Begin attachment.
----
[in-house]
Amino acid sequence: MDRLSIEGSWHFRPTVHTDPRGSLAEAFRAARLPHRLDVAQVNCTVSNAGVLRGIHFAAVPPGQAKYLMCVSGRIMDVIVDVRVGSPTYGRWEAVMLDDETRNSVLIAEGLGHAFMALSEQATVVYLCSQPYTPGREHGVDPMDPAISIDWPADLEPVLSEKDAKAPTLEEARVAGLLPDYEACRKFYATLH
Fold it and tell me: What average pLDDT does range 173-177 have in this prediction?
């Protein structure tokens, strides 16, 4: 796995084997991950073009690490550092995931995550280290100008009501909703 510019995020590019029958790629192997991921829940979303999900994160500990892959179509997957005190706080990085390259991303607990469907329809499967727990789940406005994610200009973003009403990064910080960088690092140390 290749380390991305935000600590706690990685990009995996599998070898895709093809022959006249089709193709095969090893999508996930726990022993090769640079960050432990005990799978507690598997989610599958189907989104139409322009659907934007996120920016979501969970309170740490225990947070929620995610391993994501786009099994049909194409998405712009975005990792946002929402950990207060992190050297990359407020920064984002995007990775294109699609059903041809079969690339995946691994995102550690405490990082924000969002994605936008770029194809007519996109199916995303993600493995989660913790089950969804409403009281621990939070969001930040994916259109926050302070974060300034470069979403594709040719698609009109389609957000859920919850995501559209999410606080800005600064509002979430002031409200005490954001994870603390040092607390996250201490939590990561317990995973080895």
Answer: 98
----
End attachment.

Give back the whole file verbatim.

[in-house]
Amino acid sequence: MDRLSIEGSWHFRPTVHTDPRGSLAEAFRAARLPHRLDVAQVNCTVSNAGVLRGIHFAAVPPGQAKYLMCVSGRIMDVIVDVRVGSPTYGRWEAVMLDDETRNSVLIAEGLGHAFMALSEQATVVYLCSQPYTPGREHGVDPMDPAISIDWPADLEPVLSEKDAKAPTLEEARVAGLLPDYEACRKFYATLH
Fold it and tell me: What average pLDDT does range 173-177 have in this prediction?
């Protein structure tokens, strides 16, 4: 796995084997991950073009690490550092995931995550280290100008009501909703 510019995020590019029958790629192997991921829940979303999900994160500990892959179509997957005190706080990085390259991303607990469907329809499967727990789940406005994610200009973003009403990064910080960088690092140390 290749380390991305935000600590706690990685990009995996599998070898895709093809022959006249089709193709095969090893999508996930726990022993090769640079960050432990005990799978507690598997989610599958189907989104139409322009659907934007996120920016979501969970309170740490225990947070929620995610391993994501786009099994049909194409998405712009975005990792946002929402950990207060992190050297990359407020920064984002995007990775294109699609059903041809079969690339995946691994995102550690405490990082924000969002994605936008770029194809007519996109199916995303993600493995989660913790089950969804409403009281621990939070969001930040994916259109926050302070974060300034470069979403594709040719698609009109389609957000859920919850995501559209999410606080800005600064509002979430002031409200005490954001994870603390040092607390996250201490939590990561317990995973080895």
Answer: 98